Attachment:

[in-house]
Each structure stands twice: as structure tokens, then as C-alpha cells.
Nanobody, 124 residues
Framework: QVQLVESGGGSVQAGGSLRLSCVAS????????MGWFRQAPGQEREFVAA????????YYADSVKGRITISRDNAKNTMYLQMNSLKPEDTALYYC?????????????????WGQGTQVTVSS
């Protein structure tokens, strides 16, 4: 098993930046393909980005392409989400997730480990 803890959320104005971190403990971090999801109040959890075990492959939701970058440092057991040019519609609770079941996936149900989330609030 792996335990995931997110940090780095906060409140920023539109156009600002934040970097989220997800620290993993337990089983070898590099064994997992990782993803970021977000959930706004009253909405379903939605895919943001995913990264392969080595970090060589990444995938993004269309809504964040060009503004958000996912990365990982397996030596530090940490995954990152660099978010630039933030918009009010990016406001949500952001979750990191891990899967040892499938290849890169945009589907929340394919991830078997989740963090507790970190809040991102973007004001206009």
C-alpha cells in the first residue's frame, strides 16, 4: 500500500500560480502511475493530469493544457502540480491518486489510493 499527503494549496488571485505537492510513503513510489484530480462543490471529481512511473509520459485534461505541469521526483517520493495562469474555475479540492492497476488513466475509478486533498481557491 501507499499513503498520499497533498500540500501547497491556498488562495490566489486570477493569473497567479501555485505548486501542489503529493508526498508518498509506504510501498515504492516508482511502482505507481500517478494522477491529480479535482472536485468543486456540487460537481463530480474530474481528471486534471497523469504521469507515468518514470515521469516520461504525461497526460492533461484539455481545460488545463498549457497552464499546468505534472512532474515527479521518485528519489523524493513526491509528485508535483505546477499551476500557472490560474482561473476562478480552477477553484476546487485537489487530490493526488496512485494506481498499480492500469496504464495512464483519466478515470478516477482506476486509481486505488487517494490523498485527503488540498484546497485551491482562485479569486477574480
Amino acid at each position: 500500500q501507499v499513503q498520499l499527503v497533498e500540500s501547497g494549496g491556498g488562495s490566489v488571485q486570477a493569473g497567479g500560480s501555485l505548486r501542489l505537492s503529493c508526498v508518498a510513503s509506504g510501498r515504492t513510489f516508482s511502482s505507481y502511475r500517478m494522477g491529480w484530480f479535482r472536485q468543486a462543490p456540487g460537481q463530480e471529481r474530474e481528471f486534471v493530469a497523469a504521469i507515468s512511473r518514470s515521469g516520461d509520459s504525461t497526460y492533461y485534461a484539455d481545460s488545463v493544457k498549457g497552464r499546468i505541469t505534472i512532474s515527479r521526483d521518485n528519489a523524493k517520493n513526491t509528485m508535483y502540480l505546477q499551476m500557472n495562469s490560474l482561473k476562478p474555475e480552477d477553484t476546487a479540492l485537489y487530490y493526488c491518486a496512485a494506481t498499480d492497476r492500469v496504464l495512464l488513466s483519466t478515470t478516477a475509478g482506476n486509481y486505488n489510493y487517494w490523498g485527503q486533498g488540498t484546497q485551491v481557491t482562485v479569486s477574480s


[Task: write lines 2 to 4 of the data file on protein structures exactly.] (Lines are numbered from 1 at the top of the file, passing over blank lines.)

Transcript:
Each structure stands twice: as structure tokens, then as C-alpha cells.
Nanobody, 124 residues
Framework: QVQLVESGGGSVQAGGSLRLSCVAS????????MGWFRQAPGQEREFVAA????????YYADSVKGRITISRDNAKNTMYLQMNSLKPEDTALYYC?????????????????WGQGTQVTVSS